AEM 3015 - Developing Racial Equity in Organizations

(D-AG) (CU-CEL)     
Fall. 3 credits. Student option grading (no audit).

Prerequisite: AEM 3000  or permission of instructor. Enrollment preference given to: Dyson students. Satisfies Dyson Grand Challenges project requirement.

J. Majka.

The heightened racially charged landscape in the United States coupled with a pandemic that is disproportionately impacting low income and communities of color prompt a deeper look into the roots of racial inequality, the ways our identities interact within the system of racial hierarchy, the policies that divide us, and the ways we can use our agency for social transformation within organizations. This course is designed to cultivate a theoretical and practical understanding and application of the concepts behind systemic oppression and social justice, and help develop change agents to assist in creating more just and equitable organizations. This course combines conceptual and experiential approaches to race and racism in organizations through exercises, discussions, readings, videos, and small group work. This course will provide students from diverse backgrounds the opportunity to learn from and with each other about issues of racial conflict and common ground in a brave space of self-work, authentic dialogue, mutual engagement, and respect.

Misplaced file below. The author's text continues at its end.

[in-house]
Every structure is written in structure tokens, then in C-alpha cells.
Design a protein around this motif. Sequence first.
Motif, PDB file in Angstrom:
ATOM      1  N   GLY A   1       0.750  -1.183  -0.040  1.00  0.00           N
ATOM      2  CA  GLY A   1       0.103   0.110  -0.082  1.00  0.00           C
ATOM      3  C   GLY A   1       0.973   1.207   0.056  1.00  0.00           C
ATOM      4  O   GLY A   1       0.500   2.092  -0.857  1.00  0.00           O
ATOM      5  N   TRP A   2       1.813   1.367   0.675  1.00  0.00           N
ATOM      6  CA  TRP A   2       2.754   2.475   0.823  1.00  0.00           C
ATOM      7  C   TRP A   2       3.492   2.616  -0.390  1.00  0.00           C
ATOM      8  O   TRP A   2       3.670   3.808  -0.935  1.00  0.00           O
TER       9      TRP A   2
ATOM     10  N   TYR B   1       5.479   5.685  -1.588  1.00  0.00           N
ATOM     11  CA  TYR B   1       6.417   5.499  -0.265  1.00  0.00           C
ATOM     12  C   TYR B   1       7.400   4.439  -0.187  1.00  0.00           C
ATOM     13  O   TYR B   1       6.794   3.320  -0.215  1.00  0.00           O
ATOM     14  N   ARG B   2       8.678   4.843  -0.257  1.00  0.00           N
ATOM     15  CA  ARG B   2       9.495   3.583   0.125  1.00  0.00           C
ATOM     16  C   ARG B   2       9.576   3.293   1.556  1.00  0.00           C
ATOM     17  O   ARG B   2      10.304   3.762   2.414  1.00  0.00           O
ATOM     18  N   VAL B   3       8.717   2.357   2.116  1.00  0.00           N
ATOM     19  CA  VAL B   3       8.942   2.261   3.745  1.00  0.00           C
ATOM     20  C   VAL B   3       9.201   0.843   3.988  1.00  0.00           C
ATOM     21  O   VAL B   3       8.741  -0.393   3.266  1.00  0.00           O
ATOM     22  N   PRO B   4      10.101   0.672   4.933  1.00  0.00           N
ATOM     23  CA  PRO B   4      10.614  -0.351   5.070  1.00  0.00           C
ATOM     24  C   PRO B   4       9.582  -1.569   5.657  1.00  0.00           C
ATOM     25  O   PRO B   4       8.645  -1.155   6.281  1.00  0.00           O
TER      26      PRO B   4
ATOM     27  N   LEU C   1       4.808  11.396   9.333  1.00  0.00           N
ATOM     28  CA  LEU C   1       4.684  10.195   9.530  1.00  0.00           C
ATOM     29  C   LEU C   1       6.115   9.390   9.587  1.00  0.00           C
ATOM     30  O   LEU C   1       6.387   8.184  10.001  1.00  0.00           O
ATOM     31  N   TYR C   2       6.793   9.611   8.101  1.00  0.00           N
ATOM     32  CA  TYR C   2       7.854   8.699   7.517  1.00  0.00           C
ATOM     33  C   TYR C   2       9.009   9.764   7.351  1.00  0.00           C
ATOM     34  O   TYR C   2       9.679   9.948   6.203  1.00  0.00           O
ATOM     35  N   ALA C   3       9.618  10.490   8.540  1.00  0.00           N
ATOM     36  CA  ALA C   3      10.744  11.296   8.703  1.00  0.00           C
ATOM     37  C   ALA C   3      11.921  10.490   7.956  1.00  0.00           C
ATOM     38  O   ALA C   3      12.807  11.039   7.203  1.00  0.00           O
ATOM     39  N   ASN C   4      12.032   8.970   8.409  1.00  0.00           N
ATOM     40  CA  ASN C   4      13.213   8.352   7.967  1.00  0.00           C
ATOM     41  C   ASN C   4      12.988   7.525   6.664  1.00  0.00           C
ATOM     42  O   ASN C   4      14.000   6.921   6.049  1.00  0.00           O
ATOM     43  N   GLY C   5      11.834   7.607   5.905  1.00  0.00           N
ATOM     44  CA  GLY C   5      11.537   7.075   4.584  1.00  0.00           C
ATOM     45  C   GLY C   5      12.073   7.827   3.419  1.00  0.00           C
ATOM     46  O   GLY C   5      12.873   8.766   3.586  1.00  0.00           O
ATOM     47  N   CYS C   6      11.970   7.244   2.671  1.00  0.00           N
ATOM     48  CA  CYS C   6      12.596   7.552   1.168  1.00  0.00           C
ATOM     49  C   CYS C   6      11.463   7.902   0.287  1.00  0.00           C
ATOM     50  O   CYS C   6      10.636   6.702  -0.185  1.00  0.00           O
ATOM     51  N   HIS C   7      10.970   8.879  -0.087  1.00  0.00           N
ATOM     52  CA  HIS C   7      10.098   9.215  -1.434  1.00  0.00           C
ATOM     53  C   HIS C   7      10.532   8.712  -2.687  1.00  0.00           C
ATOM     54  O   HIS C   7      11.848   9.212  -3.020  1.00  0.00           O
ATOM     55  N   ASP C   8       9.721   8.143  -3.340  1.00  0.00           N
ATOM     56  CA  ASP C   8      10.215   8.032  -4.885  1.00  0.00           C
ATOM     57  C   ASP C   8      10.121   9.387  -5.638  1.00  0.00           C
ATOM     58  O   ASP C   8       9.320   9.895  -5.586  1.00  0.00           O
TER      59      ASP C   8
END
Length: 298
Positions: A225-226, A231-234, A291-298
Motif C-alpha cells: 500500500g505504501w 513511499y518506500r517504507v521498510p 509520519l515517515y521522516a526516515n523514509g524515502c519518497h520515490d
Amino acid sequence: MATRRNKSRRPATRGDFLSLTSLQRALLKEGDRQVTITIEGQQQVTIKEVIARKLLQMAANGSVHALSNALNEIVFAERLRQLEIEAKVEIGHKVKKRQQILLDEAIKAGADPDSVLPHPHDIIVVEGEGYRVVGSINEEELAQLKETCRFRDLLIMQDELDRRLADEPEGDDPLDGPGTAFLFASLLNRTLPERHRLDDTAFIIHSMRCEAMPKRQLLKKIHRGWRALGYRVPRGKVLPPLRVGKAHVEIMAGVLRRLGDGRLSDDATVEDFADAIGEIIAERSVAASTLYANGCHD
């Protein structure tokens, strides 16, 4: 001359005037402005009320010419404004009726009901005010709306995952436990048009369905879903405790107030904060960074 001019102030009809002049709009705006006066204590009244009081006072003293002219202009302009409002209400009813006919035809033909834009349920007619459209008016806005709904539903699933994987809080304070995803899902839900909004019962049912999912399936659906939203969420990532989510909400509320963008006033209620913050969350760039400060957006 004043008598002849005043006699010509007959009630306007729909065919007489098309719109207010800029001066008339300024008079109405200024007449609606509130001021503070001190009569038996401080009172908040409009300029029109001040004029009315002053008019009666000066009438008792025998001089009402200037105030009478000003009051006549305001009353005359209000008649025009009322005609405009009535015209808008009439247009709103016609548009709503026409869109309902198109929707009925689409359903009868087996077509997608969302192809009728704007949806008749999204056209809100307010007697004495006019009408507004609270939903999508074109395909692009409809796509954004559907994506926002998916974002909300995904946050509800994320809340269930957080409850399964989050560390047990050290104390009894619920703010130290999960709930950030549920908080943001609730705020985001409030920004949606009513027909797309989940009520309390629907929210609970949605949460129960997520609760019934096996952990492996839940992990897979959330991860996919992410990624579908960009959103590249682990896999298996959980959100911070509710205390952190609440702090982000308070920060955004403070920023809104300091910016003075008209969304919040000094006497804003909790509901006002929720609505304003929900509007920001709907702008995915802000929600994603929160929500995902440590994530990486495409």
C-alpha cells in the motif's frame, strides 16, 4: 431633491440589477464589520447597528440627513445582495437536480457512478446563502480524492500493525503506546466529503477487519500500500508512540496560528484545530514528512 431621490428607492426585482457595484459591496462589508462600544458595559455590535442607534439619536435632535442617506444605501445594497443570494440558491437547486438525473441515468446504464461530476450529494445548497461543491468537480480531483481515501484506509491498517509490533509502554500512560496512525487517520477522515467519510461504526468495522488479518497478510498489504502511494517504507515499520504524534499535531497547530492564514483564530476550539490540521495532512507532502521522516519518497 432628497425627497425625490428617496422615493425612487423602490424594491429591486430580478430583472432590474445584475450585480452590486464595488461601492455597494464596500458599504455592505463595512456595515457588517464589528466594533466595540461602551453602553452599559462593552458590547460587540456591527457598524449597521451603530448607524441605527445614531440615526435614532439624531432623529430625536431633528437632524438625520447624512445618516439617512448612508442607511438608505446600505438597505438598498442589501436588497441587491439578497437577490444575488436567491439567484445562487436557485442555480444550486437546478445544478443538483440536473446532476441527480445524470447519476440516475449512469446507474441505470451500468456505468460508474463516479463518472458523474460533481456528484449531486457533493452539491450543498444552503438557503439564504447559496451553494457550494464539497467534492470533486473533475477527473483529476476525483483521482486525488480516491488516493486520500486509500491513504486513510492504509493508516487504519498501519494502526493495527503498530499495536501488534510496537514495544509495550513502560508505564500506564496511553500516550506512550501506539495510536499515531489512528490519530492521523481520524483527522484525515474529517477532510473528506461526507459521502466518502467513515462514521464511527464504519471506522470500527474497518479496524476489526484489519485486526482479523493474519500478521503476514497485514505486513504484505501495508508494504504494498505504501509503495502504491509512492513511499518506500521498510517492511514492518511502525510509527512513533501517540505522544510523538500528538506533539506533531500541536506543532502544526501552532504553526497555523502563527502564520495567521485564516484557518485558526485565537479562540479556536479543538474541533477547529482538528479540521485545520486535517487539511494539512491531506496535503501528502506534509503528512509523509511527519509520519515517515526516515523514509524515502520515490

Outcome 1: Analyze structural racism and power dynamics in their personal life, social environment, at Cornell and within a partner organization.

Outcome 2: Demonstrate an awareness and understanding of how systemic racism operates in the U.S.

Outcome 3: Take informed and conscious action to address systemic racism within a partner organization.

Outcome 4: Access a support system to sustain collective racial justice at Cornell and in Ithaca.

Outcome 5: Work collaboratively with a team to manage a racial justice organizational project and produce deliverables that meet or exceed the partner's expectations.

Outcome 6: Reflect on and analyze their multiple identities, the cycle of socialization and the cycle of liberation.

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